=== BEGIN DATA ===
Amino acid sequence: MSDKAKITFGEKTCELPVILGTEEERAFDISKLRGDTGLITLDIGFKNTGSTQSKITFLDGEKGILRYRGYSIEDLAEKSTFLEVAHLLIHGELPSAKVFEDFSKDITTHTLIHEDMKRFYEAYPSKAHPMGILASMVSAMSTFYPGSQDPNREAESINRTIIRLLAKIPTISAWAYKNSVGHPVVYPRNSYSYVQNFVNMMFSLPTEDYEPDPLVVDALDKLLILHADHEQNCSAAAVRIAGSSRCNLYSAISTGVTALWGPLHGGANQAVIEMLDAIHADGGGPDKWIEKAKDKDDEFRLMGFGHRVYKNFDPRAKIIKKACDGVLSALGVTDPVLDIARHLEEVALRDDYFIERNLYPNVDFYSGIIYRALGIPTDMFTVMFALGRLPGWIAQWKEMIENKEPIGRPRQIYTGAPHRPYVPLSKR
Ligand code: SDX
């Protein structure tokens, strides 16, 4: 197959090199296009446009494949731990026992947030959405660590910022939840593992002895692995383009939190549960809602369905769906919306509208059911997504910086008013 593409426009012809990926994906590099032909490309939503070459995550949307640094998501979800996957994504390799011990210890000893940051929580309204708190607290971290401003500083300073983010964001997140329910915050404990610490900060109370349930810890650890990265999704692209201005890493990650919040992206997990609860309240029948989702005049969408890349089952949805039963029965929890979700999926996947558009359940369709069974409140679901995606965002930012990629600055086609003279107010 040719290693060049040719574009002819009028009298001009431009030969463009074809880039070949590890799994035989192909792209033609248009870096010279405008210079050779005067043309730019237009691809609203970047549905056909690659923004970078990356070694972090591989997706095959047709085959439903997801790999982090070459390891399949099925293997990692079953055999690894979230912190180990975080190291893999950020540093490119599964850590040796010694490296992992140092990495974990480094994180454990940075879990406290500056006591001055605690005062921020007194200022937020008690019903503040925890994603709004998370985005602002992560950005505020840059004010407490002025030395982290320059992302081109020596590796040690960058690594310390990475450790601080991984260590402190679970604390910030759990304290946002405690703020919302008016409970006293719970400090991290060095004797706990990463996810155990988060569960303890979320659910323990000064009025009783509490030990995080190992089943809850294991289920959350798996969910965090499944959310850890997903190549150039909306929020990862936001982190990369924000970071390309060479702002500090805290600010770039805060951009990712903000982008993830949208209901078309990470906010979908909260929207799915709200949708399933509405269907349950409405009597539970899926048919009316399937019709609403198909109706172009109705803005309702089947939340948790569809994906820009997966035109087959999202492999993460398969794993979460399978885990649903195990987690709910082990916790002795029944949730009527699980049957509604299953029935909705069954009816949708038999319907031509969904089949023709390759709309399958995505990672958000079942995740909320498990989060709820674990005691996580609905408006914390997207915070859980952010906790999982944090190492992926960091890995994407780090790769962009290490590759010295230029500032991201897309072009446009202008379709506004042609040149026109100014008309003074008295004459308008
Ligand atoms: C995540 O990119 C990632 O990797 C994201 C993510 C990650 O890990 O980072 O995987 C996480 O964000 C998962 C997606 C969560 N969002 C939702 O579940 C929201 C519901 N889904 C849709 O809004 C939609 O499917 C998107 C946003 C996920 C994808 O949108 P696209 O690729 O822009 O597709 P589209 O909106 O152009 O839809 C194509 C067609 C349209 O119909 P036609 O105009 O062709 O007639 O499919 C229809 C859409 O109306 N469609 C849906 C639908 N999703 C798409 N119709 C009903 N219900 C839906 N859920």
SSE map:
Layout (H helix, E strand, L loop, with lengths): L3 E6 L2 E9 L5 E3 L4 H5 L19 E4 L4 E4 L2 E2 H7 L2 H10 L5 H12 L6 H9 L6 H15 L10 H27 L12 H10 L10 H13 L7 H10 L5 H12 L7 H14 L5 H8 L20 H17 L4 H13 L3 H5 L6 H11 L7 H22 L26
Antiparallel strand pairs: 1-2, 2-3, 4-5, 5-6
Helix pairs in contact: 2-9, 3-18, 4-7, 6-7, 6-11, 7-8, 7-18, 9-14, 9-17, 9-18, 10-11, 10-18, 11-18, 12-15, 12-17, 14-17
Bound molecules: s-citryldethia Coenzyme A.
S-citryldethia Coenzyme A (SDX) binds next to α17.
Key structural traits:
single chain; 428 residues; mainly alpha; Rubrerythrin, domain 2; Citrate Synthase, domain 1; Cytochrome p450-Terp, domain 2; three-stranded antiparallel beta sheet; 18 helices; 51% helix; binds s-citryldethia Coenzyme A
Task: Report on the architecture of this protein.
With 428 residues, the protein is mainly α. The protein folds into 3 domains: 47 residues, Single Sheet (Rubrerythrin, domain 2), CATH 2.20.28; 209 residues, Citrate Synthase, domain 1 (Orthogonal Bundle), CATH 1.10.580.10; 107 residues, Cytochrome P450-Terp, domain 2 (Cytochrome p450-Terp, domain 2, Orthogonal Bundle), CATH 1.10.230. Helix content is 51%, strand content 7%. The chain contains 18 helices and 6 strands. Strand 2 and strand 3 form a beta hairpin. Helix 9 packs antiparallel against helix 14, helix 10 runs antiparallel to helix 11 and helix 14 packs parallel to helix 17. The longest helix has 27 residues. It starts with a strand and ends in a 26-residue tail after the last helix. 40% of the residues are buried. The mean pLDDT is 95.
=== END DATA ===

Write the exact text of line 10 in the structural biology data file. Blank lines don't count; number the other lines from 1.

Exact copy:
S-citryldethia Coenzyme A (SDX) binds next to α17.